Bob Katter looks for north Queensland deal with Coalition
Bob Katter looks for north Queensland deal with Coalition The Australian

One deal Katter won’t accept from Coalition

MAVERICK MP Bob Katter says he will try to cut the best deal he can for the north, but is not expecting to play a kingmaker role in a hung parliament.

The north Queensland MP yesterday said he expected Scott Morrison's Coalition to clinch the necessary 76 seats to form a majority government.

Speaking to The Courier-Mail, Mr Katter would not back in a particular party, but said "Morrison was off to a pretty good start".

"We'll just cut a deal, best deal we can for north Queensland - my homeland - and that will depend upon who's there," he said.

He praised Mr Morrison's decision last year to fund several water projects, including the first stage of the long-awaited Hells Gate Dam.

Mr Katter also suggested religious freedom was an important issue, saying "obviously Morrison (would) be a mile ahead of the other side".

The Katter's Australian Party leader played kingmaker in the days following the 2010 election, when Australia was left with a hung parliament - backing in the Coalition at the time.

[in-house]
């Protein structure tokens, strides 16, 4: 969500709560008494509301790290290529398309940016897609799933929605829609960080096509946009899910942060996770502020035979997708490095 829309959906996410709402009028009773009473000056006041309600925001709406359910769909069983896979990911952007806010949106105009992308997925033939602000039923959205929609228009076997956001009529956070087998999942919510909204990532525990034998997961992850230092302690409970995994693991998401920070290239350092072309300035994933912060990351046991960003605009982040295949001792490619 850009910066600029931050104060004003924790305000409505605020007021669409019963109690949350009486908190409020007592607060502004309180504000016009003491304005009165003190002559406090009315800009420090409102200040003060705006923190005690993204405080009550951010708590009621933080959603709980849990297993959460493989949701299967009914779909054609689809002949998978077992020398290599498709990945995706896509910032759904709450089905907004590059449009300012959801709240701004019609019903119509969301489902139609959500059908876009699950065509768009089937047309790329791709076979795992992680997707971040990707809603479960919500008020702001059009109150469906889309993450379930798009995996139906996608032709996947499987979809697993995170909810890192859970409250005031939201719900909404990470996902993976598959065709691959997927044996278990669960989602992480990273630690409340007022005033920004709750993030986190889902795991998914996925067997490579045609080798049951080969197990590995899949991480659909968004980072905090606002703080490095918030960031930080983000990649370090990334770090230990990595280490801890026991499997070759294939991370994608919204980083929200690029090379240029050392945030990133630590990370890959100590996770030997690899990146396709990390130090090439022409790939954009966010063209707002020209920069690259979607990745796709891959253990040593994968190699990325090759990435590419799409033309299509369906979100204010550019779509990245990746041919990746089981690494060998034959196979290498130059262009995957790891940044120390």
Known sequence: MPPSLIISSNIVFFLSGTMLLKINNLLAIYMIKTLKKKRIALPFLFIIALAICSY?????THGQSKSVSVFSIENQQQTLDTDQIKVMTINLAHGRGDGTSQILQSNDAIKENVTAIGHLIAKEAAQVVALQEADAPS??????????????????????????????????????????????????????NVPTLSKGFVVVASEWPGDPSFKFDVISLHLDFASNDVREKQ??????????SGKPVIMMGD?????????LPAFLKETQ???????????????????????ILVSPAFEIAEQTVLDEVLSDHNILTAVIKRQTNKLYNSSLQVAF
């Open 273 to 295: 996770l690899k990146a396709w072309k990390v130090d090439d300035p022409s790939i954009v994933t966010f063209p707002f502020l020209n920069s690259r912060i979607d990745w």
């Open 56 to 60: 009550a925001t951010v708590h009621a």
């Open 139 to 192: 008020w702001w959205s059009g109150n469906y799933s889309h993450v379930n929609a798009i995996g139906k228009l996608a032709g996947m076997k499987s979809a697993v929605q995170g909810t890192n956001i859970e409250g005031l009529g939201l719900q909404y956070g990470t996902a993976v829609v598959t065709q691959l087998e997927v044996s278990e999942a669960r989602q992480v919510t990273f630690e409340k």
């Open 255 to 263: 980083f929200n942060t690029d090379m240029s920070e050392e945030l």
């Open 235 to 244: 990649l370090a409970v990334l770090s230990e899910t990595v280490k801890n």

He yesterday predicted the Coalition would win this election with a majority of just one seat.

"The pressure here is immense," he said.

"They are locked to the ground with no ability to move … even if you've got one or even two seats up your sleeve.

"If I had to call it, I'd say they will get 76, but they've got to provide a speaker.

"And that means they've got to get somebody they can rely on."

Mr Katter confirmed he would not take up the role of speaker if the Coalition scraped in with just a one-seat majority.

"Not in a million years would I touch it with a 40-foot barge pole," he said.

"I'm in the business of delivering change for my country and for my own land."

He said Labor's disastrous performance in the Sunshine State, particularly in marginal seats in the north, was due to their position on coal mining.

"They're not marginal seats any more - they're safe seats for their opponents," he said.

Mr Katter was returned to the Mt Isa-based seat of Kennedy on Saturday night, with a swing of about 2.5 per cent to KAP.

He has held the electorate since 1993 and previously said he had no plans to retire any time soon.

Across the country, his party has so far secured about 0.5 per cent of first preference votes, consistent with the results of the 2016 election.